Much of note looms on the horizon of November. Herein lies a couple of things I’m most eagerly anticipating.
The undoubted film-cultural highlight of November 2013 is the screening of Abel Gance’s Napoléon at the Royal Festival Hall that takes place on the 30th of the month. The film last screened in the UK in 2004, with legal wranglings long getting in the way of any kind of formal release (although due to the technical specifics required by the film, restoration supervisor Kevin Brownlow has ruled out anything of the sort being possible). Running to just over 5 and a half hours in length, Gance’s Napoléon is one of the finest achievements of the cinema, and this event looks set to be a major highlight of the year in film.
Two days prior to Napoléon taking over the South Bank, A Nos Amours continue with their landmark exploration of the work of Chantal Akerman, with the second in their ongoing quest to screen the Belgian filmmaker’s complete oeuvre in the capital over the next 18 months. Akerman 2 features Le Chambre, Le 15/18 and Je Tu il Elle, her debut feature-lengh work. On a related note, the Leeds International Film Festival this year screens Akerman’s best-known work, Jeanne Dielman, 23, Quai du Commerce, 1080 Bruxelles in just seven days time. The festival will feature heavily across Hope Lies this month.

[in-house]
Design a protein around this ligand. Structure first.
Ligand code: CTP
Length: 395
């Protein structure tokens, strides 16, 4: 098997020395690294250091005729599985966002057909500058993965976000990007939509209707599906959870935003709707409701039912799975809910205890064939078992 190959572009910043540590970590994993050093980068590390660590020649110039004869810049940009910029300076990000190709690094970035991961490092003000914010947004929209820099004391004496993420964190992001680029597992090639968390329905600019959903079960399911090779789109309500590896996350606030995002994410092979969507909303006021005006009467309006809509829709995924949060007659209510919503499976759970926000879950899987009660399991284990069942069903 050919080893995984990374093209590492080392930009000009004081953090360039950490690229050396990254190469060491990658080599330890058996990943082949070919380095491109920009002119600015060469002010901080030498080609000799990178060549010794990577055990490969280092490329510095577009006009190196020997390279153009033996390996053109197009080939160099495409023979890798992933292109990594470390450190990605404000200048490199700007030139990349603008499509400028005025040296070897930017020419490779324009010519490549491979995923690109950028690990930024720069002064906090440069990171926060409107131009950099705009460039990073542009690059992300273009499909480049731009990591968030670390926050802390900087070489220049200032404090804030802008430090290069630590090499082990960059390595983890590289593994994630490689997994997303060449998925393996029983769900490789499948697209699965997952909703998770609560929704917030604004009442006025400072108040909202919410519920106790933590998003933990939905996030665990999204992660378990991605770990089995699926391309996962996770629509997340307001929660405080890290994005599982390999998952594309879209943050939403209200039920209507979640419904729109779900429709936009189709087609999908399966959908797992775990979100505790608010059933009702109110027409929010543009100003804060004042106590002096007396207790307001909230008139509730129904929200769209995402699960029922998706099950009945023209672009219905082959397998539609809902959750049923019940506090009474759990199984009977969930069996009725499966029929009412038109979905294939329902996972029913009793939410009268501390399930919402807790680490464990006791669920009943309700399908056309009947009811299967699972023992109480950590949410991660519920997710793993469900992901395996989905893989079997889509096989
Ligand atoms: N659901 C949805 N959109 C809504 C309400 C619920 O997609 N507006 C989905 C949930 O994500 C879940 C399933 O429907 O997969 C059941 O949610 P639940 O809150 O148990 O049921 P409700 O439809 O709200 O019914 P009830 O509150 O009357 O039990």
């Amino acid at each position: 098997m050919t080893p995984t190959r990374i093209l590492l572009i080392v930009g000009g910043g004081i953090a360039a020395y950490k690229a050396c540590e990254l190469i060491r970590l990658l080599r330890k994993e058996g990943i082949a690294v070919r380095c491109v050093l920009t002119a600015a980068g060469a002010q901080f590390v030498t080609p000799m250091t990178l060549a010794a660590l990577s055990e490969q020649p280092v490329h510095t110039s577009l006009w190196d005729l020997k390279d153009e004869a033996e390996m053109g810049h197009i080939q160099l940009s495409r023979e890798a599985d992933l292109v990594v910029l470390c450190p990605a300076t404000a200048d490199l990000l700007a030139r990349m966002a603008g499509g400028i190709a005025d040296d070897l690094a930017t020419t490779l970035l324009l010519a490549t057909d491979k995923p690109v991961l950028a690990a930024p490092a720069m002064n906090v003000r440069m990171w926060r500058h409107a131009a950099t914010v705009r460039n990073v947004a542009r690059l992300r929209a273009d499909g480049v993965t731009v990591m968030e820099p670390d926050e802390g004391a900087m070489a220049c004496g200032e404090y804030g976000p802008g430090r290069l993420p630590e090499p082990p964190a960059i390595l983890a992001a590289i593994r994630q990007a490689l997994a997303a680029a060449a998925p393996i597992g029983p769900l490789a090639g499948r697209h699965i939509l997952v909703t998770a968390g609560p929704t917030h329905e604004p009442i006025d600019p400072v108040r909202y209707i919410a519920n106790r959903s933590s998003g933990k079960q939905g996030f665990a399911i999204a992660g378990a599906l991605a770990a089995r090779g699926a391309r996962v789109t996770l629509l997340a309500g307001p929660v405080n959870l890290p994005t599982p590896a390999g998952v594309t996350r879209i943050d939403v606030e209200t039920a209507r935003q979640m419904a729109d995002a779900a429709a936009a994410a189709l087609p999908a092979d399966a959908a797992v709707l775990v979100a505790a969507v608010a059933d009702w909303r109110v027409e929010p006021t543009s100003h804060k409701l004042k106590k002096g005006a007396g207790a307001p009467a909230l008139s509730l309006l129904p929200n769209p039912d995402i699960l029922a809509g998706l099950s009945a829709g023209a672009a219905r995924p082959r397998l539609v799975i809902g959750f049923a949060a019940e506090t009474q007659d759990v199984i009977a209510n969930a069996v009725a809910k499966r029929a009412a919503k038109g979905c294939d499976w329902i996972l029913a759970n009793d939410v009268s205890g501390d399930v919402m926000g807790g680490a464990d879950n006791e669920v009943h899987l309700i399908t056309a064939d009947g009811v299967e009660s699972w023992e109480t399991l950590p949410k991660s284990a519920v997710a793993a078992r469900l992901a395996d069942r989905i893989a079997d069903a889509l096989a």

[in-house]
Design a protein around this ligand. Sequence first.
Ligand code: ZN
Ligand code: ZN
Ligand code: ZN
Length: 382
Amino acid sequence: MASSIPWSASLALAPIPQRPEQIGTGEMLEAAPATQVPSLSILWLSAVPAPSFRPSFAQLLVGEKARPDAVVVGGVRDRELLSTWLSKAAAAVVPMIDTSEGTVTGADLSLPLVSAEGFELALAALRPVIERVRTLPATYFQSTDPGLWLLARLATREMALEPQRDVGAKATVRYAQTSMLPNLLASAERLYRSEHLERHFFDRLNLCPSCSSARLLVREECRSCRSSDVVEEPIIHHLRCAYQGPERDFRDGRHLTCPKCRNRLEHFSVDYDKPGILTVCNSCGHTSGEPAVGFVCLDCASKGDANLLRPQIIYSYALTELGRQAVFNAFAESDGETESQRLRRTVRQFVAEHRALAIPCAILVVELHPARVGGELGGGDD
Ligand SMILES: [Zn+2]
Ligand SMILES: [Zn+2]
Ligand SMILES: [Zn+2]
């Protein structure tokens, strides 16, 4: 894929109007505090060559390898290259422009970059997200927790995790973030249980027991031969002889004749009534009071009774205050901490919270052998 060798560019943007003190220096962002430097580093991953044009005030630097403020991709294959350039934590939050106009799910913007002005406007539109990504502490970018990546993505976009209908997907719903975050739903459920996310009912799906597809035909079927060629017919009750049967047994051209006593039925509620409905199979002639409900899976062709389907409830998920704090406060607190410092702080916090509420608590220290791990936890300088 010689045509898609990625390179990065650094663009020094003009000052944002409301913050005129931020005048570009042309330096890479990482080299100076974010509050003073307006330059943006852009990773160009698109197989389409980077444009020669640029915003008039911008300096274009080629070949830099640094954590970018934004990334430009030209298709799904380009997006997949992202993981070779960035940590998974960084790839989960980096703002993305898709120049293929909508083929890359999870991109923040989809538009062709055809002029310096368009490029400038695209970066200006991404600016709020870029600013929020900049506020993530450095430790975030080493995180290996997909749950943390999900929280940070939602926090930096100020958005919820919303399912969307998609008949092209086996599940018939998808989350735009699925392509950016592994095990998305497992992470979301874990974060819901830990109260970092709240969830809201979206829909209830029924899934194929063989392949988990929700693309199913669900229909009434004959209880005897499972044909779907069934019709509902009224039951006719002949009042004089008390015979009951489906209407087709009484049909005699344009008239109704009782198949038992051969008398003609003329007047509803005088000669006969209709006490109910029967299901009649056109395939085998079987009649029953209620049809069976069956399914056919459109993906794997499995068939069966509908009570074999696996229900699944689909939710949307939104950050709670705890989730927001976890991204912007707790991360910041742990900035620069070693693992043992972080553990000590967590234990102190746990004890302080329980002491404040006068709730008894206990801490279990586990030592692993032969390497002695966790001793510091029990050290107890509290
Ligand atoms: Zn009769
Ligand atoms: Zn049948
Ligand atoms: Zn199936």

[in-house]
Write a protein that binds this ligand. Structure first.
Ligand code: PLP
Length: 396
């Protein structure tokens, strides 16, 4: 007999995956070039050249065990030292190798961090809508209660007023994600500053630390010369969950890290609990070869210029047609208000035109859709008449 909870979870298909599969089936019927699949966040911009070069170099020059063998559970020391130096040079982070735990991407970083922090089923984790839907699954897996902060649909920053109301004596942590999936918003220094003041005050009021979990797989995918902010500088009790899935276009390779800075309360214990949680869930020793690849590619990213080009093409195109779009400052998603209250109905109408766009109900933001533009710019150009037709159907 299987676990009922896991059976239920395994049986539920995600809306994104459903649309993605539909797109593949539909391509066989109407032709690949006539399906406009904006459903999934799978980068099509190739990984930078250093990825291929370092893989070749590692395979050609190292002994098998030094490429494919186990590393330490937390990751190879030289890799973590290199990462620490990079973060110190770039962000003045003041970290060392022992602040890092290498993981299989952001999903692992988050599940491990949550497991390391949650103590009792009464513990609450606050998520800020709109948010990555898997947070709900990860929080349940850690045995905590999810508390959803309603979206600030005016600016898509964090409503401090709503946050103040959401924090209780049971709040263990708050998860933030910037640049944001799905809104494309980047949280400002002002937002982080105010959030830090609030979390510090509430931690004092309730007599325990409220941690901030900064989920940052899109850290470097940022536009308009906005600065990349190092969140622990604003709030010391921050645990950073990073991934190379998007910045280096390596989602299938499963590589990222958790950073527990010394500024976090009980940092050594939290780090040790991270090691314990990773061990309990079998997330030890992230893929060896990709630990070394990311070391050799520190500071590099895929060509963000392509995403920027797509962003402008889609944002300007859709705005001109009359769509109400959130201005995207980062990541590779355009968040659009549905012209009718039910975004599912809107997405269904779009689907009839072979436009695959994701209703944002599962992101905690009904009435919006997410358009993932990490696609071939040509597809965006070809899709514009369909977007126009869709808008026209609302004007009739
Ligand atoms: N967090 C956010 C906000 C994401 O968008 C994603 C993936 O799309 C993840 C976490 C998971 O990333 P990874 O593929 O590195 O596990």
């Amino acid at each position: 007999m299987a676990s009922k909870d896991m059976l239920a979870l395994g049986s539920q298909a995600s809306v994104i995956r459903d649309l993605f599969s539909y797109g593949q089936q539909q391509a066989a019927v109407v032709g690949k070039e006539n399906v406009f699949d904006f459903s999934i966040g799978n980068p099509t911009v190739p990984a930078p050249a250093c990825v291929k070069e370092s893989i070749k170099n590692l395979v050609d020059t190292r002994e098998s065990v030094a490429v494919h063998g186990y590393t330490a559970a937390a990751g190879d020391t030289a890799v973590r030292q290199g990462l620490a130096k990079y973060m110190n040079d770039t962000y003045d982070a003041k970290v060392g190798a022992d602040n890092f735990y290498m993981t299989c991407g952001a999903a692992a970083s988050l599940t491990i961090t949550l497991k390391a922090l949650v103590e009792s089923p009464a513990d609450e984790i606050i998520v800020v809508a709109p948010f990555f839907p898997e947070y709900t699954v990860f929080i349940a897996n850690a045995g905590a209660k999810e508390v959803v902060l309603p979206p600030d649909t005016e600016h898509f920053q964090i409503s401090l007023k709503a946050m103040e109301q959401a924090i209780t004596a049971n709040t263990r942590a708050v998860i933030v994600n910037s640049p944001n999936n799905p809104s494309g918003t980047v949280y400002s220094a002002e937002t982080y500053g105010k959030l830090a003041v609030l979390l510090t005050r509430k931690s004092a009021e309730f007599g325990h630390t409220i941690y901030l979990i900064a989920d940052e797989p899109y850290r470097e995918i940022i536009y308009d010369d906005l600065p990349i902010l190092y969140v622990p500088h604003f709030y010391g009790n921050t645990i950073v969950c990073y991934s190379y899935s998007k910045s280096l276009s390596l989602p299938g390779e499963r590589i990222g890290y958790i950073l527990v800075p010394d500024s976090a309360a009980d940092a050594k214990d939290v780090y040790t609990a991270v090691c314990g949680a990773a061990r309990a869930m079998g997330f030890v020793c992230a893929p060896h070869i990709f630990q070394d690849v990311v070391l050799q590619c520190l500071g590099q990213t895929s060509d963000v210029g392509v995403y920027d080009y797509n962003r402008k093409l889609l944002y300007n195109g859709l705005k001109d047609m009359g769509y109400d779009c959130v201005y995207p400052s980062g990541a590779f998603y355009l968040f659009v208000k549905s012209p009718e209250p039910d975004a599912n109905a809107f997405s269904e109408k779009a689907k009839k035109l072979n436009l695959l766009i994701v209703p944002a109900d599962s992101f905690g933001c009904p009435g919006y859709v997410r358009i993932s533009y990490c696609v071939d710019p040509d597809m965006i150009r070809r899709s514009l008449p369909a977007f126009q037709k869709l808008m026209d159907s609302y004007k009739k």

It’s a busy month for quality home video too. Frances Ha, one of 2013’s best films, is inducted in to the Criterion Collection, while Eureka’s Masters Of Cinema release the first of their collaborations with Martin Scorsese at the end of November, with their World Cinema Foundation Vol. 1. box-set. They’re also releasing the new restoration of Murnau’s Nosferatu in a week or so’s time, while Arrow finally bring the complete Cinema Paradiso package to Blu-ray too. On the printed word front the tome I’m most looking forward to is Michael Witt’s Jean-Luc Godard, Cinema Historian. Witt is one of the editors of the landmark For Ever Godard, and here focusses upon Godard’s Histoire(s) du cinema. 2013 has been a fantastic year for book-length studies on Godard’s lesser known periods, with Witt’s volume joining Daniel Morgan’s Late Godard and Jerry White’s Two Bicycles in an ever-expanding pantheon of illuminating works.
Adam Batty – Editor